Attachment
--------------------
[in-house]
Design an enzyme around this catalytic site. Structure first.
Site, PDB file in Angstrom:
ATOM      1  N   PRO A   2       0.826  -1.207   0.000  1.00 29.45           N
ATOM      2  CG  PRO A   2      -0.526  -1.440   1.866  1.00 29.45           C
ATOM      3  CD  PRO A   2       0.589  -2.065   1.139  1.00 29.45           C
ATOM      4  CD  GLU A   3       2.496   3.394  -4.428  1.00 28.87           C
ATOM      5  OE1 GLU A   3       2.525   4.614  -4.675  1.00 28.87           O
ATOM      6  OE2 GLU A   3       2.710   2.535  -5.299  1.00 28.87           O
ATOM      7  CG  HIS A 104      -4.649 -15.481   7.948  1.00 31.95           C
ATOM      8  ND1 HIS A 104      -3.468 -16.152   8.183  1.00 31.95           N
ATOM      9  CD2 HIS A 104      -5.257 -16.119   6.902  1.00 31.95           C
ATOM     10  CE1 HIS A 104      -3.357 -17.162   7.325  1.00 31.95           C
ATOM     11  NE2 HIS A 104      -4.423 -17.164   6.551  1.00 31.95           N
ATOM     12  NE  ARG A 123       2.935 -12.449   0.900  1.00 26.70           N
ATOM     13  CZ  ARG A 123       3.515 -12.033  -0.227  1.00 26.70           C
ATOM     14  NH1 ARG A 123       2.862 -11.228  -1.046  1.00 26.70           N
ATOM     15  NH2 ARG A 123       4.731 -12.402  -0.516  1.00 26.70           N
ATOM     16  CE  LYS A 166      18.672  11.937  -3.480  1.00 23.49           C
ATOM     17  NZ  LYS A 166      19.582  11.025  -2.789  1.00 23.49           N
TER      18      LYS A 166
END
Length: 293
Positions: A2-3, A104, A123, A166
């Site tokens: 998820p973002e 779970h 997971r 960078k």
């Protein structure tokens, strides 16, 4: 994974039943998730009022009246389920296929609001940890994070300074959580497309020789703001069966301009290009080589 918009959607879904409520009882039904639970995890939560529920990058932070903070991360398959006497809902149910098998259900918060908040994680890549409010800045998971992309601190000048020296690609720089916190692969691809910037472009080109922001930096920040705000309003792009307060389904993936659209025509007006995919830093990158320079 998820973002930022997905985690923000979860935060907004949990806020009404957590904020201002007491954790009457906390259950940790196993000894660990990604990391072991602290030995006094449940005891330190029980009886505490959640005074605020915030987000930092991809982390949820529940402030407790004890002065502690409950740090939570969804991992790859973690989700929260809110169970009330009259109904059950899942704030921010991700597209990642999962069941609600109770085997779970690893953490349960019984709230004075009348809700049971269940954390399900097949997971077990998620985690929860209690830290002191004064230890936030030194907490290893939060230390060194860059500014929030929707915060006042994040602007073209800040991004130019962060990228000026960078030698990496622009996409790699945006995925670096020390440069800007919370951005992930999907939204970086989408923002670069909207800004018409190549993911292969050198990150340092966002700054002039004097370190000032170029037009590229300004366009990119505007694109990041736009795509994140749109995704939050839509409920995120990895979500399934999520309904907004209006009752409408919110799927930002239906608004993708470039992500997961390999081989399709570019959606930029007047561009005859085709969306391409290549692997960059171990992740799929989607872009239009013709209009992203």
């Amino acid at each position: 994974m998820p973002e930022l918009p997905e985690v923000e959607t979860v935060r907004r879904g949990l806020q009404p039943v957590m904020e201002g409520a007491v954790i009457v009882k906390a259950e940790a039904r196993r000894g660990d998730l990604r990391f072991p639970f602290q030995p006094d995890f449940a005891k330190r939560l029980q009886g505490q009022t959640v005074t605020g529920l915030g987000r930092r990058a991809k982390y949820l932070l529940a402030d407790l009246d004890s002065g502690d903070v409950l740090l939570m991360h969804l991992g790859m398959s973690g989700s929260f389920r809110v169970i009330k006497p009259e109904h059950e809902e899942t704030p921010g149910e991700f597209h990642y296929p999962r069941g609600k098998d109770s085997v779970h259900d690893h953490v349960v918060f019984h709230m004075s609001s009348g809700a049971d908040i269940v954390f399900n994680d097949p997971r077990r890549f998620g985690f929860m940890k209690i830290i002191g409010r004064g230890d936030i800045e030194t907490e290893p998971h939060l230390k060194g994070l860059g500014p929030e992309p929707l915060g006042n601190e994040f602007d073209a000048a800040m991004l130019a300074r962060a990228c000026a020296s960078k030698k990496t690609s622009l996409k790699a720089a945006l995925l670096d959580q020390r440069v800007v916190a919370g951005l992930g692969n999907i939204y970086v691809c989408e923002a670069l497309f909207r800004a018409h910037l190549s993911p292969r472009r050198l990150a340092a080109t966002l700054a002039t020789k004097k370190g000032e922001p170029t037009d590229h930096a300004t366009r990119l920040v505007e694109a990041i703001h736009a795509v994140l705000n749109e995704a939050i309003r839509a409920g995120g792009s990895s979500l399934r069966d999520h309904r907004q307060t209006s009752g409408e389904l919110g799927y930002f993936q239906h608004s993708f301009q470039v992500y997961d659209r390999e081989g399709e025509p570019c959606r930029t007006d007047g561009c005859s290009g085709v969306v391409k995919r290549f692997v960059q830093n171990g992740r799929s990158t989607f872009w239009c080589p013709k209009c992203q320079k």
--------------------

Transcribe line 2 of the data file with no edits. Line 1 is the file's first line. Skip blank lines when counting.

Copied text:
Design an enzyme around this catalytic site. Structure first.